In April 2011, we announced that restrictions had been lifted from around 2,200 TCP texts from Eighteenth Century Collections Online (ECCO). Within hours, we heard from many folks who were frustrated that our announcement didn’t seem to have any teeth: Although we could (and did!) distribute the raw encoded text files to anyone who asked, there was no publicly available site for users to interact with the texts through a web browser.
I’m delighted to report that this is no longer the case: the University of Michigan-based implementation of the ECCO-TCP texts can now be fully explored by the general public.
This took awhile to implement because of how the site was set up years ago: the TCP’s transcriptions link to page images from the ECCO database. These are called dynamically from severs at Gale Cengage Learning when a user clicks on a link. Previously, only ECCO-TCP partner institutions had access to any of this content, so the whole site required authentication. All authorized users could move seamlessly from text to image views.
When the texts were released to the publich, this changed: we had to make sure that everyone could access the texts, but only authorized viewers could see these images, which belong to Gale, and which we don’t have the right to distribute. This required some custom development of our platform, DLXS, which is home to dozens of University of Michigan digital collections and publications.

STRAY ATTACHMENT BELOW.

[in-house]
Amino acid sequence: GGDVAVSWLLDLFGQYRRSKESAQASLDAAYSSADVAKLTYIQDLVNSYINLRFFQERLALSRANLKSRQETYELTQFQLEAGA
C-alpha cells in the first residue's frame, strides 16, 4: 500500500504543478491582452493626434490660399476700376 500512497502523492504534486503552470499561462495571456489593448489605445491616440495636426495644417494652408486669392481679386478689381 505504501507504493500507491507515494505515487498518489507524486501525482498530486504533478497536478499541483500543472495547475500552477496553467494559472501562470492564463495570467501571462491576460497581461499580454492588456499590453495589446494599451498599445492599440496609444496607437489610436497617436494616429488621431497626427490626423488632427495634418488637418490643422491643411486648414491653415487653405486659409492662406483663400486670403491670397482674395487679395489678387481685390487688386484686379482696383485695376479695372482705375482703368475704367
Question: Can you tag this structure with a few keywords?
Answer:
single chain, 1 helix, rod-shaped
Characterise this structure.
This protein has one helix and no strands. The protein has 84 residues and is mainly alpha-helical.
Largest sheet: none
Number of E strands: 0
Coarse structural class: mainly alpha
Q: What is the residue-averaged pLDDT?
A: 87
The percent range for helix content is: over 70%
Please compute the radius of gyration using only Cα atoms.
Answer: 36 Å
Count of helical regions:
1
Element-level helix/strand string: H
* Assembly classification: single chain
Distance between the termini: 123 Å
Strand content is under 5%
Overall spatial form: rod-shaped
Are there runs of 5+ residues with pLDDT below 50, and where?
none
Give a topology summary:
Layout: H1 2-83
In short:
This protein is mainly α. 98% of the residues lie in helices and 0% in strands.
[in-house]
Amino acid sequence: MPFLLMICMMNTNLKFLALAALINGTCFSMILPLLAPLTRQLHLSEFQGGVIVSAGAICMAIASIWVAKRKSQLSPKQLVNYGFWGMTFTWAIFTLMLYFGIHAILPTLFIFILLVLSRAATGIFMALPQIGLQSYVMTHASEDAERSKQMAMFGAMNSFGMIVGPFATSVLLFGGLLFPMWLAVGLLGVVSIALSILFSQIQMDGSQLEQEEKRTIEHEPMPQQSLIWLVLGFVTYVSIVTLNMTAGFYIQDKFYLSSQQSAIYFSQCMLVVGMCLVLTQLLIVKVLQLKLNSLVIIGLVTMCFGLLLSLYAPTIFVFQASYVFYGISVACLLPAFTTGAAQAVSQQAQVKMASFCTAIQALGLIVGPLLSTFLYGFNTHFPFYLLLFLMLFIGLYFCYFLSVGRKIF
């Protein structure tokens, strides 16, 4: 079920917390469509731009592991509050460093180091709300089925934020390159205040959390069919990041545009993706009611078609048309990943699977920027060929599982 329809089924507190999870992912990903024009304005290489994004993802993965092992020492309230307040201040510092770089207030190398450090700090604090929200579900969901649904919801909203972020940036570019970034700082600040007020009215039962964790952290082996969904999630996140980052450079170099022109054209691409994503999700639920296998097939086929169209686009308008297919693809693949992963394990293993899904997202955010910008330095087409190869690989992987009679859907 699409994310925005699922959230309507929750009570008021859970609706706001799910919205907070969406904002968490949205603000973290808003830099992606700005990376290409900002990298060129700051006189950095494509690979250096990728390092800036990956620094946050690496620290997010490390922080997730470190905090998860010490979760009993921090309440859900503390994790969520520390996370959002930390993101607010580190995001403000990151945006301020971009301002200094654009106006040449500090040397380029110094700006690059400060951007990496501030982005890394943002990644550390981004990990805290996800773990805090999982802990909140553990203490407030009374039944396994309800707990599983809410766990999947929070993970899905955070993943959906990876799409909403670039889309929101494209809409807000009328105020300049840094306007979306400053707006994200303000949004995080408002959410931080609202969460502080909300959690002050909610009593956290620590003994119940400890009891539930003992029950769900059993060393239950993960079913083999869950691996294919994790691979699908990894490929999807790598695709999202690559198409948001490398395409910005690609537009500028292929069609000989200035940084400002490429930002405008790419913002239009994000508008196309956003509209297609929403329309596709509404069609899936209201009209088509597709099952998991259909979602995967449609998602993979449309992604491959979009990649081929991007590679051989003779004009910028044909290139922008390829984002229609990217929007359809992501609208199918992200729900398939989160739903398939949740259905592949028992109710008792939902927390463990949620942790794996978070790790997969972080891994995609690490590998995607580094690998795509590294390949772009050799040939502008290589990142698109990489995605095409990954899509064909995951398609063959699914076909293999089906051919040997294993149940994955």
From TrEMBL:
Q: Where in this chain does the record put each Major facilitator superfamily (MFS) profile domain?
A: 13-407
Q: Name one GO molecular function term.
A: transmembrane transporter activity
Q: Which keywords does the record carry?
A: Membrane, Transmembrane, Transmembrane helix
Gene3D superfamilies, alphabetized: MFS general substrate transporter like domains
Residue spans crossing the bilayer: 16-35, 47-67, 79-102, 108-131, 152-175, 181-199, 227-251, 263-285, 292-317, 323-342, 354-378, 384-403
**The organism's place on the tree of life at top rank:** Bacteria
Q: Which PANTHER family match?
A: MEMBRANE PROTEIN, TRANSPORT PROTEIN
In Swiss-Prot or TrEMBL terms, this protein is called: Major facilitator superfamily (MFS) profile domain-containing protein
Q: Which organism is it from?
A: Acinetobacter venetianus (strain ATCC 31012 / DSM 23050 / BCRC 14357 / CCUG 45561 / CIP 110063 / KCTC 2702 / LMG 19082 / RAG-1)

- Search the ECCO-TCP corpus and view results via ARTFL‘s PhiloLogic search engine (Thanks to Robert Morrissey)
- Download the original XML/SGML encoded texts and headers from the TCP (encoded using a customization of TEI P3)
- Download plain text files (stripped of XML markup) and an index containing metadata from the Data Hub (Thanks to 18thConnect for distributing the plain text files, and to John Levin for making them available in a central, open location)
- Download TEI P5 XML and EPUB for each text from Oxford University Computing Services (Thanks to Sebastian Rahtz)
- Bibliographic information associated with these texts is available as Open Linked Data (specifically, RDF), making it possible to link books, people, places, etc., mentioned in ECCO metadata with other related data online (thanks to Keith Alexander)
I’m really excited that we now truly offer public web access to the ECCO-TCP texts, laying the groundwork for how we’ll support this functionality when the first of the EEBO-TCP texts are released in a few years. I hope you’ll test this out, and welcome your questions and feedback!